The Royal Tenenbaums

Quirky – adj: informal terms; strikingly unconventional [syn: far-out, kinky, offbeat, way-out] Knowing the textbook definition of the term “”quirky”” before viewing The Royal Tenenbaums may help you better appreciate the film, because it is a state director Wes Anderson tries desperately to achieve. Whether he reaches it or not will depend on your tastes, and how you feel about such elements as pacing, plot and character development.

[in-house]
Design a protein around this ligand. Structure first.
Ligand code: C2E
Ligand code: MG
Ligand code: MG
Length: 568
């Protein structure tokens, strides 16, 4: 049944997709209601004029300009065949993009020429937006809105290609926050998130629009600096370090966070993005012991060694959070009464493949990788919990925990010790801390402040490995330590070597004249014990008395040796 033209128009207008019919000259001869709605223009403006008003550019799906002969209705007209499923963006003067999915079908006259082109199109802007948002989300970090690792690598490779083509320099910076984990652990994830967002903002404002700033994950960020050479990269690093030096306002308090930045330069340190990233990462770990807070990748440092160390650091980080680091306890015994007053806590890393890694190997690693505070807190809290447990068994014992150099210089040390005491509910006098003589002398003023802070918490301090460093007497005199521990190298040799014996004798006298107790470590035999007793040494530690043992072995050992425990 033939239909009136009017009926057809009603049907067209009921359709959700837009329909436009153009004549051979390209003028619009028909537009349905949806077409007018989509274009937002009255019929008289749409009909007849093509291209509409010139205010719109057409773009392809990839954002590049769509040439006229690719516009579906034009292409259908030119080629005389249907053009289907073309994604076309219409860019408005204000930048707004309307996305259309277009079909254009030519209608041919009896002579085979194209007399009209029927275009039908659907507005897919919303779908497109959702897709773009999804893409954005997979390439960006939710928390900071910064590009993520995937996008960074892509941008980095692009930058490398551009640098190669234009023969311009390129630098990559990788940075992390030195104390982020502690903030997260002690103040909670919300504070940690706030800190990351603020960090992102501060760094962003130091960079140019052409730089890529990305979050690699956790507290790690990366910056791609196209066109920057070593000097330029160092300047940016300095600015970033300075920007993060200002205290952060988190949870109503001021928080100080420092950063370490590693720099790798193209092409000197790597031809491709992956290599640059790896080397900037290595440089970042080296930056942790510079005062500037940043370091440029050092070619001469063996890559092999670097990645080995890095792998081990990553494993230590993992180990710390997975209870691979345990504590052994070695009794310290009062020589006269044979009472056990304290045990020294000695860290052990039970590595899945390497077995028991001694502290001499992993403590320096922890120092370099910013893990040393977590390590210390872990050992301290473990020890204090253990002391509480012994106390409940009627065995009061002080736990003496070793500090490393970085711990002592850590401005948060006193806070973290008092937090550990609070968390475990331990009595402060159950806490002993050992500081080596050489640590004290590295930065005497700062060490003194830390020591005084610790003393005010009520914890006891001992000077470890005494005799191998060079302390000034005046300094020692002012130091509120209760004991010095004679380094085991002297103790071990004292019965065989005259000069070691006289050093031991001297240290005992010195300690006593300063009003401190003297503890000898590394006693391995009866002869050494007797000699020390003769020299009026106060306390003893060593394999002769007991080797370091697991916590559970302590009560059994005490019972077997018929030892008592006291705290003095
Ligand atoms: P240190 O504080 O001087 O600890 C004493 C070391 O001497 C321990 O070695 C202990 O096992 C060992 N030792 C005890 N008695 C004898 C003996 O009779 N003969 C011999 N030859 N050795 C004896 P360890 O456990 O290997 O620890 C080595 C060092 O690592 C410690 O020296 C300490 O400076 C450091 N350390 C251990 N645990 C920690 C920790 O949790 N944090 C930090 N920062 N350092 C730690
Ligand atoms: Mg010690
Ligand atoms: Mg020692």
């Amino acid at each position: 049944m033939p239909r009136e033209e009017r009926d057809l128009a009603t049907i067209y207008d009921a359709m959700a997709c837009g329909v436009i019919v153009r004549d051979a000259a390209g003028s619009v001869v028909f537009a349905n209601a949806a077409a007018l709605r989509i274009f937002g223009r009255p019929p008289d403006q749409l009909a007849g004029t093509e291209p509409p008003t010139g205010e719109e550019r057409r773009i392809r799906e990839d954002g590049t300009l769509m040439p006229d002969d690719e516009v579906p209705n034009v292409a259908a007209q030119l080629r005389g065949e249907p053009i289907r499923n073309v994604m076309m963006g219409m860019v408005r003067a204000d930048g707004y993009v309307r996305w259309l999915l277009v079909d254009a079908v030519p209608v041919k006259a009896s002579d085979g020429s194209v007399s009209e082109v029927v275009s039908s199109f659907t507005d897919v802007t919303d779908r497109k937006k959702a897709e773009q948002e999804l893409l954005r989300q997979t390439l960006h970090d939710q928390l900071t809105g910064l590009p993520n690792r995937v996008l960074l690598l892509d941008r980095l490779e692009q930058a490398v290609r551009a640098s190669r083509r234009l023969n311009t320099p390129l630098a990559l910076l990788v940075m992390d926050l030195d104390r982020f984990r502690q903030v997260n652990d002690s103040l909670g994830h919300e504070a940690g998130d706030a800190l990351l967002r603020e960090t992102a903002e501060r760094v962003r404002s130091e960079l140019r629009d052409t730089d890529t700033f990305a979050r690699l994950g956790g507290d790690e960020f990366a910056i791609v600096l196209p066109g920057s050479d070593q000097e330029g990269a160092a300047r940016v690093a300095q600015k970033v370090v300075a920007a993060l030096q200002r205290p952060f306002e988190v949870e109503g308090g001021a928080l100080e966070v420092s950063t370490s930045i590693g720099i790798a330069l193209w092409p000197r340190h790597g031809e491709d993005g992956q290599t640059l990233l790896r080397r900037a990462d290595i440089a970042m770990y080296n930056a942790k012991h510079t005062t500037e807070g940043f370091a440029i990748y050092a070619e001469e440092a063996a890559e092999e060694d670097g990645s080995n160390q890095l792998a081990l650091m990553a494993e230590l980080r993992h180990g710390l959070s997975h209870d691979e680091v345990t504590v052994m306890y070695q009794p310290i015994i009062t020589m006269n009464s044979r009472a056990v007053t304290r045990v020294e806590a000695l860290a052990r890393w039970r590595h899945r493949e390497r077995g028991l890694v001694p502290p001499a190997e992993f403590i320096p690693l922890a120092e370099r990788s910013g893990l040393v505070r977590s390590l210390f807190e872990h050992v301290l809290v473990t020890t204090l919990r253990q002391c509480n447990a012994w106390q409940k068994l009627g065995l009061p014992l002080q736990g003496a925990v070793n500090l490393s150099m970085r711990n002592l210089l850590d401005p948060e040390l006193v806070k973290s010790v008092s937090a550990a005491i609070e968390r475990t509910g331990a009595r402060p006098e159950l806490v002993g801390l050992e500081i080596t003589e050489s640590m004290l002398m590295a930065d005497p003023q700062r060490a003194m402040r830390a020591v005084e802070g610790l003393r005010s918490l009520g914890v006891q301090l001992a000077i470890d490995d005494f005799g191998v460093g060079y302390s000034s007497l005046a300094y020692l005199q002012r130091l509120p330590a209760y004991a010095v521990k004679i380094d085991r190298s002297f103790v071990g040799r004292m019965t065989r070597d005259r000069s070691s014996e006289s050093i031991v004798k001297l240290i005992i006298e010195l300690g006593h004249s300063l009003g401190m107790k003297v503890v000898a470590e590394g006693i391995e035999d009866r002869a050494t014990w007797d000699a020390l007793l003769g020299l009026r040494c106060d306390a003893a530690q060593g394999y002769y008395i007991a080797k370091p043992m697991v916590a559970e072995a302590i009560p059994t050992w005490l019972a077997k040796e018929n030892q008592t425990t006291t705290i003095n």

The film centers around a jerk of a fellow named Royal Tenenbaum (Gene Hackman), the type of character who describes himself as an “”asshole,”” but is corrected and told he’s “”just a real son of a bitch.”” Royal and his wife, Etheline (Anjelica Houston), have been separated for years, and the negligent husband had little to no part in raising the couple’s three children: Chas, Margot and Richie. Now, evicted from the hotel suite he’s occupied for the past 22 years, Royal attempts to patch things up with his family and, in the process, put a roof over the head of himself and his loyal servant, Pagoda (Kumar Pallana). Since Royal possesses very few endearing traits, however, the only way he can think to get close to his family is to fake a life-threatening disease.This creative premise, brimming with possibilities, would have provided most directors with an adequate springboard to dive in a number of different directions. Unfortunately, director Wes Anderson and co-writer Owen Wilson, the team responsible for the equally quirky Bottle Rocket and Rushmore, never know when enough is enough. They’re combined sense humor goes to great lengths to avoid the pedestrian, which means Royal’s children can’t be average, they must be geniuses. Chas (Ben Stiller) was a financial wiz who bred Dalmatian mice. Margot (Gwyneth Paltrow) was a playwright who staged productions by the age of 12. And Richie (Luke Wilson) was a tennis pro who eventually had a breakdown on the court and left the tour. Nothing, however, grows from these clever scenarios. As quickly as they’re introduced, they’re forgotten, replaced by new sets of foibles. Chas could have been a male stripper at age nine, and Richie the world’s youngest fireman, because in turn we forget their initial traits in favor of their deeper, more emotional pulls. Margot, who hides her chain smoking, escapes the doldrums of her loveless marriage by indulging in trysts with a family friend, Eli Cash (Owen Wilson). Chas, who recently lost his wife in a plane crash, has become a safety fanatic, and it